Title:
MATHEMATICAL PUZZLE GAME
Kind Code:
A1


Abstract:
The invention provides a puzzle game comprising a background defining a graph (40, 80, 110), having nodes (44, 46, 82, 84) connected by lines, or a diagram having sites or nodes, and elements (51-59, 102, 104, 106) having a plurality of indices disposed thereon. The background is metallic or non-metallic board, and the game might be implemented on an electronic game apparatus or on a computer system. The elements are removably disposable on the graph nodes. The indices are of one of up to three distinct types. An arrangement of the elements disposed on the graph nodes defines a magic graph so that patterns of the magic graph are characterized by having a first relationship and a second relationship. The graph may be a triangle, a hexagram, a heptagram, a tri-trapezoid shape, or other shape which is substantially symmetric under a rotation. The indices might be numbers, colors, domino-like groups of dots, symbols, or a geometric structure.



Inventors:
Lando, Mordechai (Beer-Sheva, IL)
Application Number:
12/514829
Publication Date:
02/04/2010
Filing Date:
11/01/2007
Primary Class:
International Classes:
A63F9/10
View Patent Images:
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Primary Examiner:
WONG, STEVEN B
Attorney, Agent or Firm:
Mark, Dr. Friedman C/o Bill Polkinghorn Discovery Dispatch M. -. (9003 FLORIN WAY, UPPER MARLBORO, MD, 20772, US)
Claims:
What is claimed is:

1. 1-46. (canceled)

47. A puzzle game comprising: a) a background defining a graph having a plurality of nodes connected by a plurality of lines; b) three or more patterns of nodes of said graph, each pattern having a first number of nodes; c) a plurality of indices disposed on a plurality of elements, the elements being disposable on the graph nodes, each index having at least one counterpart index on another element of said plurality of elements; d) a first arrangement of at least major portion of said plurality of elements on said graph nodes, said arrangement having a first same relationship of the elements disposed on the nodes of each pattern; e) a second different arrangement of at least major portion of said plurality of elements on said graph nodes, said second different arrangement having a second same relationship of the elements disposed on the nodes of each pattern; wherein a player obtains one arrangement with a certain same relationship, and then rearranges elements to get a different arrangement having another same relationship.

48. The puzzle game of claim 47, wherein said first number of nodes is three or four.

49. The puzzle game of claim 47, wherein said graph is selected from a group consisting of a pentagram, a hexagram, and a heptagram.

50. The puzzle game of claim 47, wherein a major portion of the indices are numerical, and at least two numerical indices are distinct.

51. The puzzle game of claim 47, wherein each of said patterns includes a continuous series of adjacent nodes of that pattern, whereas a line connects each pair of adjacent nodes of that pattern.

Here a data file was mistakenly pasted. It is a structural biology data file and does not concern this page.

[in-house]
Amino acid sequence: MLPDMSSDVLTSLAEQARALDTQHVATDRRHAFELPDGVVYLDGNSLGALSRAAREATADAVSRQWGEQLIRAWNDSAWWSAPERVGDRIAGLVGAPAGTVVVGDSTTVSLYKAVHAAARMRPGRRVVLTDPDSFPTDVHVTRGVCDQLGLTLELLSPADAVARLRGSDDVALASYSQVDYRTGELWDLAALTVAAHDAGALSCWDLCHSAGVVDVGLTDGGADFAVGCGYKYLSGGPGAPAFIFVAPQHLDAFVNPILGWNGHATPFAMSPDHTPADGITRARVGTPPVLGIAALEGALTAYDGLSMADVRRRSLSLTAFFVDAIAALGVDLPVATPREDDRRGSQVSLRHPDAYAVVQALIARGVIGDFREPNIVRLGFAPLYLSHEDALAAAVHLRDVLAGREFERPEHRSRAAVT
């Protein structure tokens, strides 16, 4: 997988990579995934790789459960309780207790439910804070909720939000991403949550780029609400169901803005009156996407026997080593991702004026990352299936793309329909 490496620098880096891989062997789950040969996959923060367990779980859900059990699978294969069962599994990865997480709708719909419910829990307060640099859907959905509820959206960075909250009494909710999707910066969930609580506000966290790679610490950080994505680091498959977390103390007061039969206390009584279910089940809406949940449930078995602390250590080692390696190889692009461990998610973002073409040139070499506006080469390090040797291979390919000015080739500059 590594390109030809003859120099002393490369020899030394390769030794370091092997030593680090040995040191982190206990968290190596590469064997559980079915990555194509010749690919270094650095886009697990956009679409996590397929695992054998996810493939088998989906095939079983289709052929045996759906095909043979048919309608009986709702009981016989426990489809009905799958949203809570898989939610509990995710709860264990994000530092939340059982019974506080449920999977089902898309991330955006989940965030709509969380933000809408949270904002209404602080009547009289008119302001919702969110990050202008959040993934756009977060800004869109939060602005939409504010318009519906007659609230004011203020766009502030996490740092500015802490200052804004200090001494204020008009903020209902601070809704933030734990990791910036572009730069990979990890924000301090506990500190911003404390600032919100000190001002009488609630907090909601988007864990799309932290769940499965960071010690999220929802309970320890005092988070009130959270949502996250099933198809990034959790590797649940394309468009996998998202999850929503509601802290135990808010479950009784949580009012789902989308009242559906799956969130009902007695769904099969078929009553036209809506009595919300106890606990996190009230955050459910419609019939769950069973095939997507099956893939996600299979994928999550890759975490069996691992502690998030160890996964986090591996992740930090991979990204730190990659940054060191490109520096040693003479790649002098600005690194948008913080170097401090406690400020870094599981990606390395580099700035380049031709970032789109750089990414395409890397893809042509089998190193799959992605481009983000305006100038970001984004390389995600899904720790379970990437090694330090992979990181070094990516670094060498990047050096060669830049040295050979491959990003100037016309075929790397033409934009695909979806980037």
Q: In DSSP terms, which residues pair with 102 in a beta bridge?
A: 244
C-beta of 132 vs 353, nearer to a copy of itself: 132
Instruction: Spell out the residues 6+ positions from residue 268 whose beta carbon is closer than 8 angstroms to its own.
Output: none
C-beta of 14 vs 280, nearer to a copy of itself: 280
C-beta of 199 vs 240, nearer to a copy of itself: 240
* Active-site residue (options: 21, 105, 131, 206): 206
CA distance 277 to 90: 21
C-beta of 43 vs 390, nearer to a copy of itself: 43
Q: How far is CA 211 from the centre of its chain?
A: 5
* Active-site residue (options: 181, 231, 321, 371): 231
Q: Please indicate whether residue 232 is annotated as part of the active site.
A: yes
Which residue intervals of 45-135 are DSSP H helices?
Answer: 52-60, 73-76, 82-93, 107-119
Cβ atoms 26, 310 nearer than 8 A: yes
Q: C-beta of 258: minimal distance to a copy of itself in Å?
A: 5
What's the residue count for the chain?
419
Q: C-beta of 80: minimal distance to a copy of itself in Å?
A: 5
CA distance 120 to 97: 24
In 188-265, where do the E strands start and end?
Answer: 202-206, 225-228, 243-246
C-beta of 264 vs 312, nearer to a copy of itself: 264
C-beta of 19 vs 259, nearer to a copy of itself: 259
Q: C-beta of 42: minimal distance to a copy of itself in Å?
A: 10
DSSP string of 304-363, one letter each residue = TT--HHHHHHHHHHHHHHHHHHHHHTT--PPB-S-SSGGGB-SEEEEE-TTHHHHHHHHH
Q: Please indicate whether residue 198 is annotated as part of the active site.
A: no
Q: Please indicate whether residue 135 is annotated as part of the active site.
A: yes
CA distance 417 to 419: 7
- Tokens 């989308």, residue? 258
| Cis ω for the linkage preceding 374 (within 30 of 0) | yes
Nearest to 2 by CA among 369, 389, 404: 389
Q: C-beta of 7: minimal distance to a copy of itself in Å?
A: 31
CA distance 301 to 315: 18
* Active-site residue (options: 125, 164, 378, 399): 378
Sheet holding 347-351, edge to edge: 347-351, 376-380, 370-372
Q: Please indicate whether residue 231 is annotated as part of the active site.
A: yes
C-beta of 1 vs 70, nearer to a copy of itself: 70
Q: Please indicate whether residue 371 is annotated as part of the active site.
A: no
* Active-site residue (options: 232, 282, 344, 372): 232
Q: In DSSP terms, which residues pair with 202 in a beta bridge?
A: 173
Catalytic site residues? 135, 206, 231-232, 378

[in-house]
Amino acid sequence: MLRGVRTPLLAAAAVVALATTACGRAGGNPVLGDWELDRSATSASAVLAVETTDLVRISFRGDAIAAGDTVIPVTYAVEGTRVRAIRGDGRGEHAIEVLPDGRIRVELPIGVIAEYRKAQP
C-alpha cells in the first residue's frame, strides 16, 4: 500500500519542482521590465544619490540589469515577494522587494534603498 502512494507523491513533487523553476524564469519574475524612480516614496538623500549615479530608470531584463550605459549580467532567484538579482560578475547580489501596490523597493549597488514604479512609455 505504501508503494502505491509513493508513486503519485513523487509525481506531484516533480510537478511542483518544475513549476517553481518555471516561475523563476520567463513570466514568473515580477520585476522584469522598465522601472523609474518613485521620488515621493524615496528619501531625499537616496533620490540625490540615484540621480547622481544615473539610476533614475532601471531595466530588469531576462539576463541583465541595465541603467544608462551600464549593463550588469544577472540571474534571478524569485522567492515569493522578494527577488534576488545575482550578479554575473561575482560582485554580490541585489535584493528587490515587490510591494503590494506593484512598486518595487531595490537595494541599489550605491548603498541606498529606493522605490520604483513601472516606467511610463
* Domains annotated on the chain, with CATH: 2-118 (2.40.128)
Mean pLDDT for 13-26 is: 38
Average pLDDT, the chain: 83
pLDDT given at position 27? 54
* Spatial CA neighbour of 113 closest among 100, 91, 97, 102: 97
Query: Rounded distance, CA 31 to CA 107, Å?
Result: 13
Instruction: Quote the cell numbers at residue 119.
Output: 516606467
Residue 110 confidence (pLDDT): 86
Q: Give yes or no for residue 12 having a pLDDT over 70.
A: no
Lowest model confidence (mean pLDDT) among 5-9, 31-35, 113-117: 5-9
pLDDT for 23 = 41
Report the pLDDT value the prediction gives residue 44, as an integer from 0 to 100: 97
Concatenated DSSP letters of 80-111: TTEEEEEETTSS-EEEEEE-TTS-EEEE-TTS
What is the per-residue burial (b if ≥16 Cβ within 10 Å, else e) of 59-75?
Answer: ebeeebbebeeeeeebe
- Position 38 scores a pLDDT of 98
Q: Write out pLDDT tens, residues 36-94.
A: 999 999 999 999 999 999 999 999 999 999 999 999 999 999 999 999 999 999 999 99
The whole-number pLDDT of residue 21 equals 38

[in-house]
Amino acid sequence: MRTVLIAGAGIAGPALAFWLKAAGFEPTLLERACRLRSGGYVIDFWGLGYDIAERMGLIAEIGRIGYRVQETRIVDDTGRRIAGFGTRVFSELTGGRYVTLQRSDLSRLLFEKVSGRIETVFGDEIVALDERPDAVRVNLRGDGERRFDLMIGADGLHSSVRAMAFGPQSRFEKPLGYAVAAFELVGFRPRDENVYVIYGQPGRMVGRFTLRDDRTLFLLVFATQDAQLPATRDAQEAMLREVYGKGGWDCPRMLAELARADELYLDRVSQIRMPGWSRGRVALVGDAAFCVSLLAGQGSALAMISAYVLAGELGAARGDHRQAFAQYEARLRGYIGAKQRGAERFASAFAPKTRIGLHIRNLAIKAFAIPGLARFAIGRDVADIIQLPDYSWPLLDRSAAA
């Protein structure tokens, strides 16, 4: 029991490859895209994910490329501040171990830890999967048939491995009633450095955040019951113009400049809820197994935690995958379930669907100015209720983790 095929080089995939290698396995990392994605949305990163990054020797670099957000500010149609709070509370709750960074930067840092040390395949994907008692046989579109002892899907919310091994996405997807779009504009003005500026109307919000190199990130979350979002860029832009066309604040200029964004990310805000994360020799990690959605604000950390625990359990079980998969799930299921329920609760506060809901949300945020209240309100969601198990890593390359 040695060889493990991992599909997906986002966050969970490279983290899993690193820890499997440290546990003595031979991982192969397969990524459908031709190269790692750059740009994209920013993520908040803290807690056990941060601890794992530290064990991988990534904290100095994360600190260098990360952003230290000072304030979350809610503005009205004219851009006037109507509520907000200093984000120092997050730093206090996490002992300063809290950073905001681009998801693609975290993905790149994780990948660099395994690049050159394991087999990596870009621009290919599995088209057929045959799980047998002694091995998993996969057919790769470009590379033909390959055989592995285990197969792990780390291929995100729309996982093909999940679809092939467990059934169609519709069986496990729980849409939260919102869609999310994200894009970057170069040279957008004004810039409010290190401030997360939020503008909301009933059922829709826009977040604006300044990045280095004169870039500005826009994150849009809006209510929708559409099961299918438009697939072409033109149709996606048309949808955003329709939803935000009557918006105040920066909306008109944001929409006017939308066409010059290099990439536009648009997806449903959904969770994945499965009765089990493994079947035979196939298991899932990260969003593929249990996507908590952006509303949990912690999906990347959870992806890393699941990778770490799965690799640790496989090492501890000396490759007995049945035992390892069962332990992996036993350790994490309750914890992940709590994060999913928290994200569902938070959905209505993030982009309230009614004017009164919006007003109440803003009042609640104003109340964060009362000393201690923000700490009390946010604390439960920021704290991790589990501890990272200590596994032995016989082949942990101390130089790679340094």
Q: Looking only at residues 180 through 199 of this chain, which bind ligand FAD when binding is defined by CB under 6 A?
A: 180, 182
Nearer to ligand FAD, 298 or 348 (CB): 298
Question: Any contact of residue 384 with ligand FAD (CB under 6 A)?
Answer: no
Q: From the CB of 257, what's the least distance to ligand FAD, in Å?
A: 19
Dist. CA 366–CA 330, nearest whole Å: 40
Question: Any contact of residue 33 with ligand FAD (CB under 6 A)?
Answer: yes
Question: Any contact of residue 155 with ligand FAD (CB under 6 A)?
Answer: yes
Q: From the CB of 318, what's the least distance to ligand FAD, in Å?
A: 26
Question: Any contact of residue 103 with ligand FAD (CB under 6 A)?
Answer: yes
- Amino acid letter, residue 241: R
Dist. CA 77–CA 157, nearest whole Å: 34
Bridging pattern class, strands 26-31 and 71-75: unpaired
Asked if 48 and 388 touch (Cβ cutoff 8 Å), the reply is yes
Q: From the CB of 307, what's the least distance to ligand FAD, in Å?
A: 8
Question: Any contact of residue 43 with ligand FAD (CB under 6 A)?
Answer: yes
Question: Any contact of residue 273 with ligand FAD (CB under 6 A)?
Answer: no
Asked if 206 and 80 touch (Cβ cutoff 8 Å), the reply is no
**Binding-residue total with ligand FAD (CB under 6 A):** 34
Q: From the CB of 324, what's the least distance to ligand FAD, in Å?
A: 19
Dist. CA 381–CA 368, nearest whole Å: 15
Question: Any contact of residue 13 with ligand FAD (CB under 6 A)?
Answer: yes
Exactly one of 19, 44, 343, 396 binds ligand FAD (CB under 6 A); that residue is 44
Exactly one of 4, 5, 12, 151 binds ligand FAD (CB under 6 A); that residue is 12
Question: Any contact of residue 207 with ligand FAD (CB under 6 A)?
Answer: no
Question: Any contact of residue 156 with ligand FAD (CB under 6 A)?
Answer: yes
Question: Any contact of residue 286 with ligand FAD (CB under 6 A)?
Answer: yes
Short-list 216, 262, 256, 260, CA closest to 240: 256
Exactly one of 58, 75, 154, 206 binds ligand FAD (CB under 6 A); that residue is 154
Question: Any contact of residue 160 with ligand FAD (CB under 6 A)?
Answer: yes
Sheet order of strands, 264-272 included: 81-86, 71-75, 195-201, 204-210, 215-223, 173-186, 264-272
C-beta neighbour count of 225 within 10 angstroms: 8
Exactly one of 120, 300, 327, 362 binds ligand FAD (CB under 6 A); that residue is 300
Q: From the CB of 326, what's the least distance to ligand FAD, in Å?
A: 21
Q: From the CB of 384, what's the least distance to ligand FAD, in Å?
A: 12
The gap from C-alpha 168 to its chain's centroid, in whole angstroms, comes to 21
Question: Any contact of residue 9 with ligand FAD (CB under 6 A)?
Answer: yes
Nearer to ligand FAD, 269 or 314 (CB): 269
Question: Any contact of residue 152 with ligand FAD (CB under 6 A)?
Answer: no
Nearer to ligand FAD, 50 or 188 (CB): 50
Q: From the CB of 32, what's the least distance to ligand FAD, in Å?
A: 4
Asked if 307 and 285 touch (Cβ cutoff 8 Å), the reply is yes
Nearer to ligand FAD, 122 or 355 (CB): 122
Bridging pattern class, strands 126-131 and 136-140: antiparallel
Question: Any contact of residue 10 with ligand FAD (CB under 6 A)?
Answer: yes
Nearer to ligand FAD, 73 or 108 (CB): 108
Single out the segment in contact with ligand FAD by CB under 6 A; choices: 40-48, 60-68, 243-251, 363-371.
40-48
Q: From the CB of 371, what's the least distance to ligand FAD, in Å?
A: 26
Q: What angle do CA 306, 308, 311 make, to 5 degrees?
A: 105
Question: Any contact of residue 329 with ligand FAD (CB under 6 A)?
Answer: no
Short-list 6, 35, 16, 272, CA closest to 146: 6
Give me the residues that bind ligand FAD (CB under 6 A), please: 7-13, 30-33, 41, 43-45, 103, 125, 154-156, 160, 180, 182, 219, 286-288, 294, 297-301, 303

52. The puzzle game of claim 47, wherein said continuous series of adjacent nodes is closed.

53. The puzzle game of claim 47, wherein said second same relationship is different from said first same relationship.

54. The puzzle game of claim 47, wherein numerical indices are disposed on the elements, and said first relationship is that execution of a certain mathematical operation upon numerical indices disposed on all pattern elements results by the same number.

55. The puzzle game of claim 54, wherein said certain mathematical operation is one operation selected from a group of two operations consisting of addition and multiplication.

56. The puzzle game of claim 54, wherein the result number is a number of significance for a certain group of people, and the game is offered for sale to people associated with said certain group.

57. The puzzle game of claim 54, wherein the result number is selected out of the group consisting of 12, 13, 16, 18, 20, 25, 26, 30, 40, 50, 60, and 75.

58. The puzzle game of claim 47, wherein the game further comprising: f) said first number of nodes in each pattern being equal to the number of indices of said plurality of indices which are different from each other; g) one arrangement of said first same relationship and said second same relationship is a Latin arrangement of said plurality of indices over the pattern nodes.

59. The puzzle game of claim 47, wherein said graph is a tri-trapezoid shape.

60. The puzzle game of claim 47, wherein said elements are substantially spherical shaped elements, each element is locally fixed to certain node, and each element is free to rotate under application of some torque.

61. The puzzle game of claim 47, wherein the game is implemented on one platform of a group of computerized platforms consisting of an electronic game apparatus, a computer system, a cellular phone, and an internet site.